Sionna raises $111 million to bring molecules against CF target into clinic

Sionna Therapeutics has raised US$111 million to advance small molecules against a once untreatable target with the potential to improve the treatment of cystic fibrosis (CF). Vertex has transformed the lives of many cystic fibrosis patients in recent years with a series of molecules, but some unmet needs remain, leaving opportunities for rivals to gain a foothold in the market. Sionna reportedly identified full restoration of function of the CFTR, the chloride channel at the heart of cystic fibrosis, as a way to enhance the existing arsenal of treatment options.

While people with cystic fibrosis live longer and more fulfilling lives, the vast majority do not achieve full CFTR correction, which often means they continue to need ancillary medications and are at increased risk of infections and diseases. There is a real opportunity to improve the treatment of cystic fibrosis as there remains a risk of exacerbations, infections and burden on daily life including nutritional status and use of inhalerssaid Sionna CEO Mike Cloonan.

Mike Cloonan, CEO, Sionna Therapeutics

The question is how to completely restore CFTR function. Analysis of the question led the researchers behind Sionna to NBD1, a nucleotide-binding domain that is commonly mutated in CF patients. Deletion of F508 in NBD1 reduces CFTR trafficking to the cell surface and thermal stability of the binding domain.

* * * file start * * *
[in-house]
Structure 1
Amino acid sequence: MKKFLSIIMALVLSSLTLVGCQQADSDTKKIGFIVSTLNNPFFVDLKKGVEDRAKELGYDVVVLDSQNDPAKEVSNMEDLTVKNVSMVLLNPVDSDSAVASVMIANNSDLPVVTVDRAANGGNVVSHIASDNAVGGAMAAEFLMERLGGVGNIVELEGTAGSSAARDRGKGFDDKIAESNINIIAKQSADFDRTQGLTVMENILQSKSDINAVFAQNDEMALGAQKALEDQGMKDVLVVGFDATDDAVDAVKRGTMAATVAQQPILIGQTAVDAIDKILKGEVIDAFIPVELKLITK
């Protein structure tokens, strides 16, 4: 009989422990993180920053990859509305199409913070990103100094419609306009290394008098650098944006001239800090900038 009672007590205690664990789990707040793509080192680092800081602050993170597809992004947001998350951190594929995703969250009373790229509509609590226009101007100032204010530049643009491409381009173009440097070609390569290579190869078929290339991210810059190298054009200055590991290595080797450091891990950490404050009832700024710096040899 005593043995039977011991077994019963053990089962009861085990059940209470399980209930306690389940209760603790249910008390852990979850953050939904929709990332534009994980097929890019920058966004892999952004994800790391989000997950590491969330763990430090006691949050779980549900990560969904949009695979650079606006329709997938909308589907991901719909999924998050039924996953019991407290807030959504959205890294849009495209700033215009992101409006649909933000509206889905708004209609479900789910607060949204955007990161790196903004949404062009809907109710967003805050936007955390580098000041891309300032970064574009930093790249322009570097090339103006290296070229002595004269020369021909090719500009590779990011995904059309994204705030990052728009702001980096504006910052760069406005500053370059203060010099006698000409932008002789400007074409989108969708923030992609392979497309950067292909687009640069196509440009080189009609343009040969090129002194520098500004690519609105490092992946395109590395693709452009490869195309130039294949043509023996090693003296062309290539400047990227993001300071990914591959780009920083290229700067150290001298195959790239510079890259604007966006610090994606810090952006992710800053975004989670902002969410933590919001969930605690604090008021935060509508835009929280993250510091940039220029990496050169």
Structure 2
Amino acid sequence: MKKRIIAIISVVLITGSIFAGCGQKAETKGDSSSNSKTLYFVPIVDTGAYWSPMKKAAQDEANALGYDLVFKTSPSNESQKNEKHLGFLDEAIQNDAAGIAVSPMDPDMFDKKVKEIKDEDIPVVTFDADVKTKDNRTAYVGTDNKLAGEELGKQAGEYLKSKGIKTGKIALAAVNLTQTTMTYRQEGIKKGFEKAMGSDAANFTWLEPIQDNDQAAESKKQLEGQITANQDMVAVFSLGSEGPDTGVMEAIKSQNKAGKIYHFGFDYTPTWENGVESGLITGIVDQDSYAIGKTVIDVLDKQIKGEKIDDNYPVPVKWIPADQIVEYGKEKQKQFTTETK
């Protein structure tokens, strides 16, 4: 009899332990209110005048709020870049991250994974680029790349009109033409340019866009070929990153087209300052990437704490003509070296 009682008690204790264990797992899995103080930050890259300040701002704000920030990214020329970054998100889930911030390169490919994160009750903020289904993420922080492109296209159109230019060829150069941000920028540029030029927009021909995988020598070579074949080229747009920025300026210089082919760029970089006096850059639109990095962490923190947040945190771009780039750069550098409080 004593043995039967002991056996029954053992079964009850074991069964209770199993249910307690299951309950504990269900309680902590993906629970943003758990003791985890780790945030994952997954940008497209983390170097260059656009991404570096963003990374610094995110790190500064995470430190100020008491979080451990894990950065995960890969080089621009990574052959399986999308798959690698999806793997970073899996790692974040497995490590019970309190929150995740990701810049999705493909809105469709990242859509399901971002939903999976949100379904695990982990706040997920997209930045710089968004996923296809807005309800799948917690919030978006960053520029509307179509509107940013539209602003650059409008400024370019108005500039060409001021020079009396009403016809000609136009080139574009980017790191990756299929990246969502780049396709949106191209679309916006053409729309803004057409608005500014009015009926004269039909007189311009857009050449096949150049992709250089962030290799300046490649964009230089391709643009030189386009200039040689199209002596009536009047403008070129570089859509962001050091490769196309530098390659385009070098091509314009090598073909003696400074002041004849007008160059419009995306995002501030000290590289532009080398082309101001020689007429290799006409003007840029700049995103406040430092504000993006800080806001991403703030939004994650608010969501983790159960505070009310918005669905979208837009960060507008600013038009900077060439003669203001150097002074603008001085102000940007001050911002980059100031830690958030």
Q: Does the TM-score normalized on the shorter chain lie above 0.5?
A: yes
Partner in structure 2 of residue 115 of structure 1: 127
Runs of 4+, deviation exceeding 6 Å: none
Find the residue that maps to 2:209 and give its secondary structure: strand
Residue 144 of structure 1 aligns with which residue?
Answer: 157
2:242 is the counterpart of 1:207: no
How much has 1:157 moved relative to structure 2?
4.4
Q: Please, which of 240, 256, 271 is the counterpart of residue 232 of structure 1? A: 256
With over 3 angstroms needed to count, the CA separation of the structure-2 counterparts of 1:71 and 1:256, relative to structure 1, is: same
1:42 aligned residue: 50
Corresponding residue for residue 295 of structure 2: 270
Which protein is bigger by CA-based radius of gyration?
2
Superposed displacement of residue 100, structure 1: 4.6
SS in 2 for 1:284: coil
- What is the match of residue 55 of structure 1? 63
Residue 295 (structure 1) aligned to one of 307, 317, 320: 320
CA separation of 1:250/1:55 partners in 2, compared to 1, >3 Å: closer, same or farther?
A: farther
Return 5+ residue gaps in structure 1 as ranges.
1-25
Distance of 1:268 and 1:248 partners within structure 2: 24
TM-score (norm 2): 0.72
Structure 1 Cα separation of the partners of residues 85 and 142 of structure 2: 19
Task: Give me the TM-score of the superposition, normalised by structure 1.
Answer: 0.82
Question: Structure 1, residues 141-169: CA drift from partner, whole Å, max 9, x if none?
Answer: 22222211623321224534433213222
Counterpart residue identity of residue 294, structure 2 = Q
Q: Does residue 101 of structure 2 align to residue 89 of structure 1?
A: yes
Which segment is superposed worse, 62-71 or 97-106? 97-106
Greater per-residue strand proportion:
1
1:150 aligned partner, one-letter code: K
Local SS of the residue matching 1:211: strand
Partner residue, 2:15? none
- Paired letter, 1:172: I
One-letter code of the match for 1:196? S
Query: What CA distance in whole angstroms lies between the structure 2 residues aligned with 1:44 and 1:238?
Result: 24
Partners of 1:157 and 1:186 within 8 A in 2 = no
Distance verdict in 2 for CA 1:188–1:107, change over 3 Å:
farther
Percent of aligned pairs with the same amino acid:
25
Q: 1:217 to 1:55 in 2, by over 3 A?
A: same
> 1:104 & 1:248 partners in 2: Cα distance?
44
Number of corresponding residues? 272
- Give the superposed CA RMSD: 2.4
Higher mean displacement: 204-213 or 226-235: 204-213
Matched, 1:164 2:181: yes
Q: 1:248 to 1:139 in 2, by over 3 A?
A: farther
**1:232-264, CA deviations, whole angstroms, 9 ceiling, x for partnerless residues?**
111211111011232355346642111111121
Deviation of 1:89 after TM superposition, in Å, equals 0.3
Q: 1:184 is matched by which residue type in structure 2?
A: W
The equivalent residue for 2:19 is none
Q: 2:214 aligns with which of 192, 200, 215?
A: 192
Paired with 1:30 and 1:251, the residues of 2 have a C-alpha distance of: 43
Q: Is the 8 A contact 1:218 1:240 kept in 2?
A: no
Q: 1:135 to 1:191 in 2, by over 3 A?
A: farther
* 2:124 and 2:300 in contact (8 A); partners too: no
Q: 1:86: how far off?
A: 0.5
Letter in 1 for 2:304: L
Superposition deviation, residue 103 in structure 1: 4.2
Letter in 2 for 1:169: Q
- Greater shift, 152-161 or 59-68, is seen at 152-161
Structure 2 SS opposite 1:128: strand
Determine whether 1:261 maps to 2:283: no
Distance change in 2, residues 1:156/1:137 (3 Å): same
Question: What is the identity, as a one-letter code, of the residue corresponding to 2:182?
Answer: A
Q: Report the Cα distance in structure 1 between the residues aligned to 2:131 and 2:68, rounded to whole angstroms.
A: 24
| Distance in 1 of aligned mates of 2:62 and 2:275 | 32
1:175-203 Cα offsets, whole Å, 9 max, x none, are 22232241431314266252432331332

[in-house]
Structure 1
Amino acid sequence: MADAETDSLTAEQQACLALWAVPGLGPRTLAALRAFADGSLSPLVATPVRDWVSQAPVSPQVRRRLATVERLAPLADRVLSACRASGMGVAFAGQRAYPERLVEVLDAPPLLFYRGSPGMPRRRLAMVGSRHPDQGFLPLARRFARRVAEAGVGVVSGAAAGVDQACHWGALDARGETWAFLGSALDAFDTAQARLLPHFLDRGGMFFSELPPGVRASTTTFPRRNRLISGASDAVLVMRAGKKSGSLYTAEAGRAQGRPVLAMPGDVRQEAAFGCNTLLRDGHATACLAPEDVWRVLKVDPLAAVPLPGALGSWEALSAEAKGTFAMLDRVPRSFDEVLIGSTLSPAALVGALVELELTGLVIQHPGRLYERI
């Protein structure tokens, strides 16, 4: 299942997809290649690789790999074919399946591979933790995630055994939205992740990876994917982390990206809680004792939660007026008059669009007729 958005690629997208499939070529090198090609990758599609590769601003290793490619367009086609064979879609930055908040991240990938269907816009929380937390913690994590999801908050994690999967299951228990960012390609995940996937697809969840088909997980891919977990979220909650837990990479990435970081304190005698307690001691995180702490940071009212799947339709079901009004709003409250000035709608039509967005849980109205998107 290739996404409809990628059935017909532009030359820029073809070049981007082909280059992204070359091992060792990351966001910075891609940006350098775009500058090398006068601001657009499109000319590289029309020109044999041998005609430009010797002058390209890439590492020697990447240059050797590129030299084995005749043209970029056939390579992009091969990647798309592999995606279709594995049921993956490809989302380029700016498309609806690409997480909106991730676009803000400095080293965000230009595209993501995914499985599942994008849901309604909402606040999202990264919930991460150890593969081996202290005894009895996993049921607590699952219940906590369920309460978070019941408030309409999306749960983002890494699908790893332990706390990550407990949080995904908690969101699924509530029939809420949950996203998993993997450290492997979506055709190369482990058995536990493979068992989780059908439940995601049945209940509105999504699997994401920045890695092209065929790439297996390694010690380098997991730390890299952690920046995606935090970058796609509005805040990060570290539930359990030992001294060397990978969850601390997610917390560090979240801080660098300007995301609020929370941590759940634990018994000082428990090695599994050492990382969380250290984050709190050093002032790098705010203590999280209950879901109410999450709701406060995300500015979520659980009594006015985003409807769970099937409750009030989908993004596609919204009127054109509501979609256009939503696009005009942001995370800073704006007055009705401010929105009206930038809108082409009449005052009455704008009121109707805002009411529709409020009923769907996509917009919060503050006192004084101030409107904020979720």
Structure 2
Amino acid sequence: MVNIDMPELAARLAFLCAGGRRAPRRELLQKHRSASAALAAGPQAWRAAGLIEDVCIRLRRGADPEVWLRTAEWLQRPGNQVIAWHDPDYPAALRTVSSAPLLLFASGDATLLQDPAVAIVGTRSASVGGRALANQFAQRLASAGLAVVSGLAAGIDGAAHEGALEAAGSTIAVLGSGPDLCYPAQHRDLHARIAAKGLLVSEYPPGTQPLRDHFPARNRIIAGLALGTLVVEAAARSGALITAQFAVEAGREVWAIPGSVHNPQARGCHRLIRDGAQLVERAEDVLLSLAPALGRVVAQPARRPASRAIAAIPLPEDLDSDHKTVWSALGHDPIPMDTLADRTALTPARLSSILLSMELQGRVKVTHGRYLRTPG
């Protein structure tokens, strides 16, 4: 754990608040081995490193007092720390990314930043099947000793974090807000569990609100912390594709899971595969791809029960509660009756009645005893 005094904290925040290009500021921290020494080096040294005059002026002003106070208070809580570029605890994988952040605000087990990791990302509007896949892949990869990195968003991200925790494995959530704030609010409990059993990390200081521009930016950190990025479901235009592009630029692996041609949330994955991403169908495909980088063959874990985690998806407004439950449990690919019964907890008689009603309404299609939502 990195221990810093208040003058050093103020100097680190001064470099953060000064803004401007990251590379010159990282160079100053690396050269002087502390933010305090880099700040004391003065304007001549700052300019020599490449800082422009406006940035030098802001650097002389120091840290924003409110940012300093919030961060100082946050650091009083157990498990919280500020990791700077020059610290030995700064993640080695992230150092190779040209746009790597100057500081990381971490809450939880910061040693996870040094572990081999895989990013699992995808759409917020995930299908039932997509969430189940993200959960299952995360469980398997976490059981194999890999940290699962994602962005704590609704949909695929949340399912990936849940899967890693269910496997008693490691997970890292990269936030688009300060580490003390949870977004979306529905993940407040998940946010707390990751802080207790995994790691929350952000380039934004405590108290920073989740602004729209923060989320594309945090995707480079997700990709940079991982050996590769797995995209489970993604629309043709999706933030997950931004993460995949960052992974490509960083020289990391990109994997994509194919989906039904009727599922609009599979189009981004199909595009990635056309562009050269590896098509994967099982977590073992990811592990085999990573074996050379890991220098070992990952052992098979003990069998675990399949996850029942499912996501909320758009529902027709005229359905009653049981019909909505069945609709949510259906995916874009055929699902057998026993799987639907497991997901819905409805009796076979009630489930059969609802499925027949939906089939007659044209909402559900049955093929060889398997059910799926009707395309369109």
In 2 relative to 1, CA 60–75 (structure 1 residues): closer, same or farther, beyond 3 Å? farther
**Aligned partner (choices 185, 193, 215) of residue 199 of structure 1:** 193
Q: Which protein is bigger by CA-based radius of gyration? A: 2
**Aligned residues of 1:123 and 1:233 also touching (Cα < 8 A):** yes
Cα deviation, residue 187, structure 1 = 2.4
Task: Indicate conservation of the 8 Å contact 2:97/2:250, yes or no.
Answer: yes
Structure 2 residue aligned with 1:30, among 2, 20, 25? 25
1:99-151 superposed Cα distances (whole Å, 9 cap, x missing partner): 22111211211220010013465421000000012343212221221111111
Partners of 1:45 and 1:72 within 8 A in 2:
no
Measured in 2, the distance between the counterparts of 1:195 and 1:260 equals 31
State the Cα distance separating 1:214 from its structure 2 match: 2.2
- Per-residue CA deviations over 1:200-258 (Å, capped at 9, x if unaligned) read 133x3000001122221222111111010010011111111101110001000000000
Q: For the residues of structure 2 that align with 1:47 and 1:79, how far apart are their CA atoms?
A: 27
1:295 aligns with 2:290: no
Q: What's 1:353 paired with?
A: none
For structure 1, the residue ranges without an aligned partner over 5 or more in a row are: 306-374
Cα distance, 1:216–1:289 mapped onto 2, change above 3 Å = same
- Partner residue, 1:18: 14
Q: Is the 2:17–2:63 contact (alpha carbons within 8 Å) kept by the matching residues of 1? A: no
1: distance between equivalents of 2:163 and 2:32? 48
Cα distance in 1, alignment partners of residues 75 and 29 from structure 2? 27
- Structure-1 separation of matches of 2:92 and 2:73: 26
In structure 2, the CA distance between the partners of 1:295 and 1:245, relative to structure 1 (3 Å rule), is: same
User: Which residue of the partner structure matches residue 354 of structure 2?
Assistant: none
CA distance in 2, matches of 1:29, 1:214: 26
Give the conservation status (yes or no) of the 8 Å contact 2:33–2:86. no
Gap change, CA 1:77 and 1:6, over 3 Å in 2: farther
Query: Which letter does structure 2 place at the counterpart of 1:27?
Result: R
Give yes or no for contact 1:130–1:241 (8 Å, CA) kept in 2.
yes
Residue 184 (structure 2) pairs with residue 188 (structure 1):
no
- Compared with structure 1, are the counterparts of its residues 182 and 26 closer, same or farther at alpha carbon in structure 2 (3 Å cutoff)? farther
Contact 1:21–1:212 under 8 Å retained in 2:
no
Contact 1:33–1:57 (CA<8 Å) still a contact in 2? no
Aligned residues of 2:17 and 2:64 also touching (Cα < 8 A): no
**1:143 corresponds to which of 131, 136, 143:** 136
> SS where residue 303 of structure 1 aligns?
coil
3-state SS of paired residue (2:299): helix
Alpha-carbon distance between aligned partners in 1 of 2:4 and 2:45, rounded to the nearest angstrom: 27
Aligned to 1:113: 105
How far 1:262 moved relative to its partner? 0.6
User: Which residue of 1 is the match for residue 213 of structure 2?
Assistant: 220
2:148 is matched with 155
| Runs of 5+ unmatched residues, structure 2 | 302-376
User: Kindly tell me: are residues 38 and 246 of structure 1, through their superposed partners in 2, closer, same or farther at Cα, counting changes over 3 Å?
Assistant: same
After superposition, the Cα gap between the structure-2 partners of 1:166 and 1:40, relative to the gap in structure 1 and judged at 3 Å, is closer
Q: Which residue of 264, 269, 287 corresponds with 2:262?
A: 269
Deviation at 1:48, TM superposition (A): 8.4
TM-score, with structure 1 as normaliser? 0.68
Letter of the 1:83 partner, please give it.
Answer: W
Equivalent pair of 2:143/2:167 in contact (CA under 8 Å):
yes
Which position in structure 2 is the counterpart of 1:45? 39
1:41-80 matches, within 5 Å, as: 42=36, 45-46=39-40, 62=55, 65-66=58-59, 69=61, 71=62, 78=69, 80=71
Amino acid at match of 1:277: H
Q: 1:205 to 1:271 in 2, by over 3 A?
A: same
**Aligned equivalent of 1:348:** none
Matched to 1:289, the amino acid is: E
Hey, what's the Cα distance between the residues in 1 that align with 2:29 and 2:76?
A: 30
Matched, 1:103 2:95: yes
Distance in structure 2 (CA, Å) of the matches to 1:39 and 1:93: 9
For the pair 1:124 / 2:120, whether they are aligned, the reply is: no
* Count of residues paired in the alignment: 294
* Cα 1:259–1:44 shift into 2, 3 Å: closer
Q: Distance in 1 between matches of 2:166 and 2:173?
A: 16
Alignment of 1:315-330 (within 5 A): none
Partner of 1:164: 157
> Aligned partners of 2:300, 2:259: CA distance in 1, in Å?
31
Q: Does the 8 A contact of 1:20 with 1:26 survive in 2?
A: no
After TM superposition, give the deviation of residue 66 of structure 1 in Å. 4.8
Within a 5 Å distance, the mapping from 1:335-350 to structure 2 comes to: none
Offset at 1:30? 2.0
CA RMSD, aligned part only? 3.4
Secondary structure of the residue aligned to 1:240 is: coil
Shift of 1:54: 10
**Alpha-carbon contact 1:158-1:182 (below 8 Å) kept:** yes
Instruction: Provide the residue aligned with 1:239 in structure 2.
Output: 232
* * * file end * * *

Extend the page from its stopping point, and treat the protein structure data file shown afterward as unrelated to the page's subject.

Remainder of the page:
Evidence of the role NBD1 plays in cystic fibrosis has attracted several research groups, but the target has thwarted efforts to drug it. In 2016, Pfizer researchers reported on a collaboration that resulted in “discouraging“results suggesting NBD1 may be missing”the functionalities needed to build high affinity interactions.

Sionna says they are the first group to solve the NBD1 puzzle, leading to the discovery of small molecules which, when used in combination with other complementary modulators, have shown the potential of in vitro models to normalize the folding, maturation and stability of the CFTR protein. Exactly how Sionna solved the mystery remains a secret.

Our ability to target NBD1 correction is really new. Our team has leveraged over a decade of extensive CF research to develop a first-in-class small molecule franchise targeting NBD1 and complementary modulators. It took years of focus and expertisesaid Cloonan.

More information is on the horizon. With OrbiMed leading a $111 million Series B in Sionna, the biotech could file two new investigational drug submissions, including an application for the NBD1 program, within the next 12 months.

Series B has also attracted support from T. Rowe Price Associates, Qatar’s sovereign wealth fund, RA Capital, TPG’s The Rise Fund, Atlas Venture and the Cystic Fibrosis Foundation. Sionna’s total funding now stands at approximately $150 million.

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